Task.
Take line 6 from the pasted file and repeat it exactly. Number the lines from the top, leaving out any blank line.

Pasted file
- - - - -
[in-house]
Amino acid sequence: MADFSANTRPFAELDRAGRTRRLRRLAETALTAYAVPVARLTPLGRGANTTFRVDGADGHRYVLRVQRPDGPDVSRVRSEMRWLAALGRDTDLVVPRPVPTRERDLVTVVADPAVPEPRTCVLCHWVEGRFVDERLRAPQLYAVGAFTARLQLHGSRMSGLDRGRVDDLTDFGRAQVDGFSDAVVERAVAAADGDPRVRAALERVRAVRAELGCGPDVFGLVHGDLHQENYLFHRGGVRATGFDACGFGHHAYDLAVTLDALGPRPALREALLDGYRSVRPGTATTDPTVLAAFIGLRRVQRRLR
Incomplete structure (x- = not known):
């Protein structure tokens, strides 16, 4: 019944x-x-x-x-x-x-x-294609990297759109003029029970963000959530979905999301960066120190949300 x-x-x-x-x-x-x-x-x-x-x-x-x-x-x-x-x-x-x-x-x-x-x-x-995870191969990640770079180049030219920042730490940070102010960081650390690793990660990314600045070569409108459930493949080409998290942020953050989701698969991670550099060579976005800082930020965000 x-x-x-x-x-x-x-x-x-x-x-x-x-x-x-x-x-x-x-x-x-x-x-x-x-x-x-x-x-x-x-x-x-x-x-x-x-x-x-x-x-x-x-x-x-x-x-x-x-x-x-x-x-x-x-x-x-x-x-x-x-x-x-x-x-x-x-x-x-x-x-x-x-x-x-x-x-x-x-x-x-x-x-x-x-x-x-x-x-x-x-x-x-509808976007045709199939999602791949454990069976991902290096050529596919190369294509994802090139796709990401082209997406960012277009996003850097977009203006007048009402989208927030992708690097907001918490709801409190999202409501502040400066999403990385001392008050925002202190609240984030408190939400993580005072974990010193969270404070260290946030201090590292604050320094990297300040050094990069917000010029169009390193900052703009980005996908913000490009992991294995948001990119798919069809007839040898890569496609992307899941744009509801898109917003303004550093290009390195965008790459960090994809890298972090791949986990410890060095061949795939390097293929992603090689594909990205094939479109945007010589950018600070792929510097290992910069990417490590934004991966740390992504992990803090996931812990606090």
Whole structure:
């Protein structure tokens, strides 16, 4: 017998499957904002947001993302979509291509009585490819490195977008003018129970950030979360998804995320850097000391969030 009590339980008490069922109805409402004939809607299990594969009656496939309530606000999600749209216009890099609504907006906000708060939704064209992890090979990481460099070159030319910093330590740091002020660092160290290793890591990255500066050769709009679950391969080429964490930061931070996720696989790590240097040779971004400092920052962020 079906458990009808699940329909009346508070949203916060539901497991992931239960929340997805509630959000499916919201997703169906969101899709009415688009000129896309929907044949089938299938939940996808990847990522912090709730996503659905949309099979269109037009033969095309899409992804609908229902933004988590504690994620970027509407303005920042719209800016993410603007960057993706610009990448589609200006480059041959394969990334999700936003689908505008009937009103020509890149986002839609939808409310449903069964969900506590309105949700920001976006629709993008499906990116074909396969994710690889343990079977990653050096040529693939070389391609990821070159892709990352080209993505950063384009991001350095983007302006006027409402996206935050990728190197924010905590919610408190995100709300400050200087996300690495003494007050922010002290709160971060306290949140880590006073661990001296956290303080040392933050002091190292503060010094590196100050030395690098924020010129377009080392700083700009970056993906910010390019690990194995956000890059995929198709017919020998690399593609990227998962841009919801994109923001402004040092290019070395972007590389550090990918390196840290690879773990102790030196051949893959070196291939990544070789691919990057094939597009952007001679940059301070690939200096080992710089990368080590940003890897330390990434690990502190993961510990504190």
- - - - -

């Protein structure tokens, strides 16, 4: 017998499957904002947001993302979509291509009585490819490195977008003018129970950030979360998804995320850097000391969030 009590339980008490069922109805409402004939809607299990594969009656496939309530606000999600749209216009890099609504907006906000708060939704064209992890090979990481460099070159030319910093330590740091002020660092160290290793890591990255500066050769709009679950391969080429964490930061931070996720696989790590240097040779971004400092920052962020 079906458990009808699940329909009346508070949203916060539901497991992931239960929340997805509630959000499916919201997703169906969101899709009415688009000129896309929907044949089938299938939940996808990847990522912090709730996503659905949309099979269109037009033969095309899409992804609908229902933004988590504690994620970027509407303005920042719209800016993410603007960057993706610009990448589609200006480059041959394969990334999700936003689908505008009937009103020509890149986002839609939808409310449903069964969900506590309105949700920001976006629709993008499906990116074909396969994710690889343990079977990653050096040529693939070389391609990821070159892709990352080209993505950063384009991001350095983007302006006027409402996206935050990728190197924010905590919610408190995100709300400050200087996300690495003494007050922010002290709160971060306290949140880590006073661990001296956290303080040392933050002091190292503060010094590196100050030395690098924020010129377009080392700083700009970056993906910010390019690990194995956000890059995929198709017919020998690399593609990227998962841009919801994109923001402004040092290019070395972007590389550090990918390196840290690879773990102790030196051949893959070196291939990544070789691919990057094939597009952007001679940059301070690939200096080992710089990368080590940003890897330390990434690990502190993961510990504190």